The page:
In August 79 AD, the eruption of Mount Vesuvius destroyed the city of Pompeii, burying it in hails of volcanic ash. But how widespread was the damage?
Publishing in Proceedings of the National Academy of Sciences, a research team analyzed a sedimentary sequence from the harbor of Naples and discovered the eruption affected the local water supply.
“This volcanic catastrophe not only destroyed the urban lead pipe water supply network, but … it took the Roman administration several decades to replace it,” wrote the researchers.
The Roman Empire built networks of aqueducts that transported water to the empire’s various cities. Some, such as the Aqua Marcia, carried water around 60 miles to its destination.
But as water was toted about these systems, it picked up particles of lead, which made their way into the bodies of Romans, the ground, and sewage.
“In the case of the cities and towns around Naples, sewage was piped to certain locations where it was dumped directly into the harbor which resulted in sediment build up, some of which contained lead particles,” according to Phys.org. “Modern researchers studying sediment cores can analyze the different layers of sediment and note the different amounts of lead in it and the differences in the types of lead.”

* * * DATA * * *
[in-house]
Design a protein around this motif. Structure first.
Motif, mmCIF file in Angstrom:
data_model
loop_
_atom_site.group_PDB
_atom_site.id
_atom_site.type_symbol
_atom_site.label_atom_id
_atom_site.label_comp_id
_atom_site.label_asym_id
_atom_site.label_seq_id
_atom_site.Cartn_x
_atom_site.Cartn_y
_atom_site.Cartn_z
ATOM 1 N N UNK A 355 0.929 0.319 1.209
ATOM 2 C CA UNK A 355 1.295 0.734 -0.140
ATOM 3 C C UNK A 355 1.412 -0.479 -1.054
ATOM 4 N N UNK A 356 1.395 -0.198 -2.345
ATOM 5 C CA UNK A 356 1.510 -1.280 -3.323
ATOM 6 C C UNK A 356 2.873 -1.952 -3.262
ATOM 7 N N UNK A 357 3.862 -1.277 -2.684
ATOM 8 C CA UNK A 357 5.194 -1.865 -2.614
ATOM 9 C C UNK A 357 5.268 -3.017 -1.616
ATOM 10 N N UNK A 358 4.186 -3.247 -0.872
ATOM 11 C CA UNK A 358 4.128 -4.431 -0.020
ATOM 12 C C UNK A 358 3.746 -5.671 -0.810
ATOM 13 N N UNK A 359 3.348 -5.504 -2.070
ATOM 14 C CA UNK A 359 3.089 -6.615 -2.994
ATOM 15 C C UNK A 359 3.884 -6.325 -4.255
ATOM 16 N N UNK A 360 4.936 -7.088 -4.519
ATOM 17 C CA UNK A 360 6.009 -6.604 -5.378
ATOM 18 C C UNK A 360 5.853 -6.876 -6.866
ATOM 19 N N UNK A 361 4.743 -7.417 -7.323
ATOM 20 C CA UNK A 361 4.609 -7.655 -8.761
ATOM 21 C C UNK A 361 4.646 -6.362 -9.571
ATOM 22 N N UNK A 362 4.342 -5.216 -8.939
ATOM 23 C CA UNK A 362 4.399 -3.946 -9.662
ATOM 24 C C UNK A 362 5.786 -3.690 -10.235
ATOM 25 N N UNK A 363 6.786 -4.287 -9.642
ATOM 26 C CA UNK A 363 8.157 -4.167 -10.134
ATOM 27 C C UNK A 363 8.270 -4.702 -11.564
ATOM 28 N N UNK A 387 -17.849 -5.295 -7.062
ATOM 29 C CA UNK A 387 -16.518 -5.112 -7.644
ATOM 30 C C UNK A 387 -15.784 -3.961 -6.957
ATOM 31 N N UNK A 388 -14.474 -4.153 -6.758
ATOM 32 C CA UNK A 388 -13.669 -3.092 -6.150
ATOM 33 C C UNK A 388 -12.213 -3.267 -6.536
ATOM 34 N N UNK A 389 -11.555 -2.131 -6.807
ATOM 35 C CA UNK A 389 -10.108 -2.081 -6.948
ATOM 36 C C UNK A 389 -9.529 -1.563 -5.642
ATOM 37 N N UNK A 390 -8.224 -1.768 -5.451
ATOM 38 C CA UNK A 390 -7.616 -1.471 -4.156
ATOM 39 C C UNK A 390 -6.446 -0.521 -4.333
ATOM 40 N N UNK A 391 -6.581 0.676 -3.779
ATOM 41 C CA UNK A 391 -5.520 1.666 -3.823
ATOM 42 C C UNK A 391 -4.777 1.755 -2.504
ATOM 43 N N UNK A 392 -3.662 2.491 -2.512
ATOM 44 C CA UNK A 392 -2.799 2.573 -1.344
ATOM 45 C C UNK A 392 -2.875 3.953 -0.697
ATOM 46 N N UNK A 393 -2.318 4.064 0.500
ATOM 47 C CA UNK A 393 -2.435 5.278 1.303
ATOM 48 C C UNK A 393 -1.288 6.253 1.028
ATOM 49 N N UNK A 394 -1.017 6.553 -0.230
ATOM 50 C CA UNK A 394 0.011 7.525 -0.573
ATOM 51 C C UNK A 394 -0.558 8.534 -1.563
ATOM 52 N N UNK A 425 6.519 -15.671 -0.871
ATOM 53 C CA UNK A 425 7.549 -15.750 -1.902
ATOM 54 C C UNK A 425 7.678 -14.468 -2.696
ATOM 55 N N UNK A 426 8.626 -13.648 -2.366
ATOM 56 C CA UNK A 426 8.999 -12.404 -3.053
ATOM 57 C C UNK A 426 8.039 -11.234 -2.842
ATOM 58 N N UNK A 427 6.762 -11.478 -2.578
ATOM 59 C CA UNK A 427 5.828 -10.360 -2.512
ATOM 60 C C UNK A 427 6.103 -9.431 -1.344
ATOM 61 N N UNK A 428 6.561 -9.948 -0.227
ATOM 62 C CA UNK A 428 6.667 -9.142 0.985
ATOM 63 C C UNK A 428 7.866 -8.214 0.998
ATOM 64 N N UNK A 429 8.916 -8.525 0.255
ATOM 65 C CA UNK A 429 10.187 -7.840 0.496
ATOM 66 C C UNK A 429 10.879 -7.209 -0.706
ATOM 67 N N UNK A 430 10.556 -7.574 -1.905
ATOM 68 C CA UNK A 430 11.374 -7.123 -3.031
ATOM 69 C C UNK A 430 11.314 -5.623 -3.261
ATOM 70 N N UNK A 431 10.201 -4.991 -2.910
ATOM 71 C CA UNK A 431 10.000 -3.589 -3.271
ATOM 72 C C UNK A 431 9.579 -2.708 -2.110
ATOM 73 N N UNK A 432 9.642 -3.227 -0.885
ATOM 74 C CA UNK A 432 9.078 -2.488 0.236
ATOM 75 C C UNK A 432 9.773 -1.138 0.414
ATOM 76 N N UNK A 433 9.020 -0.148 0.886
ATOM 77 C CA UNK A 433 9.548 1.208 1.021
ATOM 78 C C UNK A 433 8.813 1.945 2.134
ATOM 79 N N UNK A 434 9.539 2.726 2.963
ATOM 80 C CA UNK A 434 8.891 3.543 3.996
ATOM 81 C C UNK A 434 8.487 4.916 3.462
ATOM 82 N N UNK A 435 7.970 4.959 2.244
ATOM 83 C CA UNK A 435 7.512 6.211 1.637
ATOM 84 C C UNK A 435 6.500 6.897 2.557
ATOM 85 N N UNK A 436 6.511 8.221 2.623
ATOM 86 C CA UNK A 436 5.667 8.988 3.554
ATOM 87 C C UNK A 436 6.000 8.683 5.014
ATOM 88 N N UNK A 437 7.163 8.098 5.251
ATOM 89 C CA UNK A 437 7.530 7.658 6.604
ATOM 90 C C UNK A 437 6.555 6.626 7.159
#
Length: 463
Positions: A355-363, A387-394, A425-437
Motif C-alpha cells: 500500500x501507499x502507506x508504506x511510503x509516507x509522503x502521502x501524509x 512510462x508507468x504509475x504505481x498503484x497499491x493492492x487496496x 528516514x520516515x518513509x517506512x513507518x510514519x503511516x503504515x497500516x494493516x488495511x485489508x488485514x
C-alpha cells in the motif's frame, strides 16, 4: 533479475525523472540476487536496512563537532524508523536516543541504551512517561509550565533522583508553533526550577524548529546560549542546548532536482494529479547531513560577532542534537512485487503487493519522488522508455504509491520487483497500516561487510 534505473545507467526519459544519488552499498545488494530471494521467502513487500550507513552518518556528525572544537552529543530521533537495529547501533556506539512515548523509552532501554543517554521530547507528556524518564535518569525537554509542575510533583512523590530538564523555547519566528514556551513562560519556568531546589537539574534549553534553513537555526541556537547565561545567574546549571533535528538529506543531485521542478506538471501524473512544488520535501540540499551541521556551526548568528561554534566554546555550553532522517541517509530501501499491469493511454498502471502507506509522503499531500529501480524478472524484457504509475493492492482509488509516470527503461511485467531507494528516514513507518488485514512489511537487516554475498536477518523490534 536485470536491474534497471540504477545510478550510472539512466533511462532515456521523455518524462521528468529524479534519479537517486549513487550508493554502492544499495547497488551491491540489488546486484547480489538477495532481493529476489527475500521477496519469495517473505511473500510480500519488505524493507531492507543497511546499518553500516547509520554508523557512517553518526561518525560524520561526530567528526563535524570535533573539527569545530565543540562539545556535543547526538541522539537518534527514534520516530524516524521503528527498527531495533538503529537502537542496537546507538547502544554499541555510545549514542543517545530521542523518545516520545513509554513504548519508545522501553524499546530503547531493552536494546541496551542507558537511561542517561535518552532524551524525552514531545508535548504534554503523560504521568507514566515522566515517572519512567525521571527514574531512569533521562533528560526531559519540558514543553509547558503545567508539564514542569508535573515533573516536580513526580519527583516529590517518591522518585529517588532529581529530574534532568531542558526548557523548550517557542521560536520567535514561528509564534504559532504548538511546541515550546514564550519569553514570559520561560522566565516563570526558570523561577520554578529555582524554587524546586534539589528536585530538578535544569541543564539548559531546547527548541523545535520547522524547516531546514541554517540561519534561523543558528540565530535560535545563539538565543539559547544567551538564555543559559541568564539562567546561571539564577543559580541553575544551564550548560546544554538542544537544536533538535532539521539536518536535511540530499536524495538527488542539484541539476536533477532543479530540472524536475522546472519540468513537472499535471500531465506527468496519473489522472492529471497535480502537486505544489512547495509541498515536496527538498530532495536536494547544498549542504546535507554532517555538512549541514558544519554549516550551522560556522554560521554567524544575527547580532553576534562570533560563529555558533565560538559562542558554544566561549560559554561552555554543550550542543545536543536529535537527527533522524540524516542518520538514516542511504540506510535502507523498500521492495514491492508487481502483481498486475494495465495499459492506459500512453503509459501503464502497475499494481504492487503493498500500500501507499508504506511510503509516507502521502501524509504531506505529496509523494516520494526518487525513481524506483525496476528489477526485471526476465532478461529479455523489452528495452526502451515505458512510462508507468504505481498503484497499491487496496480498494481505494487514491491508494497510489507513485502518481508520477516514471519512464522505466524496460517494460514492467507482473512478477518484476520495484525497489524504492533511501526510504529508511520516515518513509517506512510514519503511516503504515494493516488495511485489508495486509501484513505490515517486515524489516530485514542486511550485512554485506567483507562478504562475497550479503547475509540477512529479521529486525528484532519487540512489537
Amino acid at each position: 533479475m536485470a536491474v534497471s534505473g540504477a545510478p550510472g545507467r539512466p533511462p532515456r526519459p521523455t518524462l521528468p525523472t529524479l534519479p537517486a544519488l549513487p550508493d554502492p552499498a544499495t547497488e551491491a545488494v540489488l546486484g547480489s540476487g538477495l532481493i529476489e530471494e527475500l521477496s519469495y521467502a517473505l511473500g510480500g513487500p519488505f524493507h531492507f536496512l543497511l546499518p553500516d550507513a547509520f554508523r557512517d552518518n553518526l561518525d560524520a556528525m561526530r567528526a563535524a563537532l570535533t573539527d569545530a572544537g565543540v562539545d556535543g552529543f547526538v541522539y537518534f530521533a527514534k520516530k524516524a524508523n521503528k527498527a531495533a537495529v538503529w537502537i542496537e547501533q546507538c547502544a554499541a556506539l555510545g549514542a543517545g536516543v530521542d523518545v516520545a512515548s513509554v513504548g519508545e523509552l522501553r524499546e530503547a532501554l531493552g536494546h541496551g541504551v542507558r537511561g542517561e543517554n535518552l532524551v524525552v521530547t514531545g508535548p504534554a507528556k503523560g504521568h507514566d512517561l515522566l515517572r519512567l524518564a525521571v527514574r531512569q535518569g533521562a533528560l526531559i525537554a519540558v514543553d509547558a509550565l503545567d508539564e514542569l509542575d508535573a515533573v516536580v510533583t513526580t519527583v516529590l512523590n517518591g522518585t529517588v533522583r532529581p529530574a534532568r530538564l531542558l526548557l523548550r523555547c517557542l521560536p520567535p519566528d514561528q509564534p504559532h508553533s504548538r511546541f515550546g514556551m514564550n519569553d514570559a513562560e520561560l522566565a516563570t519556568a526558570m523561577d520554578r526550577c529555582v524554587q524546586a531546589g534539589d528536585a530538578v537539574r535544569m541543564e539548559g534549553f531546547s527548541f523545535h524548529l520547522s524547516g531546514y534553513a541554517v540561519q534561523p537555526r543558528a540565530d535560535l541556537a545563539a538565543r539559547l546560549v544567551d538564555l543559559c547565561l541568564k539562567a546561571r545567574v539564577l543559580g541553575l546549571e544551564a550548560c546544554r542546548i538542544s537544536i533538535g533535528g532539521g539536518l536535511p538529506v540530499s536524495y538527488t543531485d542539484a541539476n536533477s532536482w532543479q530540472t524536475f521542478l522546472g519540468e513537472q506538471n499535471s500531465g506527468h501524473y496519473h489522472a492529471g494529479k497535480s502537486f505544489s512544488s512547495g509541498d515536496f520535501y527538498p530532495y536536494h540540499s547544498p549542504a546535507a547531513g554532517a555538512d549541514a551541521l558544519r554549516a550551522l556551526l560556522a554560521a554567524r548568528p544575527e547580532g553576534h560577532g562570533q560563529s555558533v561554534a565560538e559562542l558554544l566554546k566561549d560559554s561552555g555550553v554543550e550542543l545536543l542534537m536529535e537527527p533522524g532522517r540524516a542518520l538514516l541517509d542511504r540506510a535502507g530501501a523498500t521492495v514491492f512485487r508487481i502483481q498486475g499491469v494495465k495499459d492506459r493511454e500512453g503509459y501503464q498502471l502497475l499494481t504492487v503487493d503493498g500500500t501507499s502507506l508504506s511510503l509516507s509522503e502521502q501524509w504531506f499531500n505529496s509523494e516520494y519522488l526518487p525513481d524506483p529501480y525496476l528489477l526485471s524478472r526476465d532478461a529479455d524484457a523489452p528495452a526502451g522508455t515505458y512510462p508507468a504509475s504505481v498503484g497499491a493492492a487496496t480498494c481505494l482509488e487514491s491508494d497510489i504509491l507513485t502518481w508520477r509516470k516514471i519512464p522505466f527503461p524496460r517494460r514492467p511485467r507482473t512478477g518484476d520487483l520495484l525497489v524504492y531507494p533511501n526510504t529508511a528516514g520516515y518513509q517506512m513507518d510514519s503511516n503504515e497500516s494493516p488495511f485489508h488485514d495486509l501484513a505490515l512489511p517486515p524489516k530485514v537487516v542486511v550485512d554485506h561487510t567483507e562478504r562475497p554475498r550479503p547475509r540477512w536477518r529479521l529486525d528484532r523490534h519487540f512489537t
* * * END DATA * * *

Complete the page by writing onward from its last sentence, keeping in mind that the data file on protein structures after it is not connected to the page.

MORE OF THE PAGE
This information can help scientists understand how the system changed over time.
Interestingly, a shift in sediment lead occurred around the eruption of Mount Vesuvius in 79 AD. The researchers suggested that volcanic ash may have clogged the pipes or destroyed portions of the system. Based on their analysis, the researchers determined the water system remained in place for 15 years following the eruption. Afterwards, it was replaced.
The lead isotopic signatures further suggest that the Naples water system grew steadily until around the fifth century, a time when the Roman Empire was marred with disasters that prevented further upgrades.
“Discontinuities in the (lead) isotopic record of the harbor deposits prove a powerful tool for tracking both Naples’ urbanization and later major conflicts at the end of the Roman period and in the early Byzantine times,” according to the researchers.
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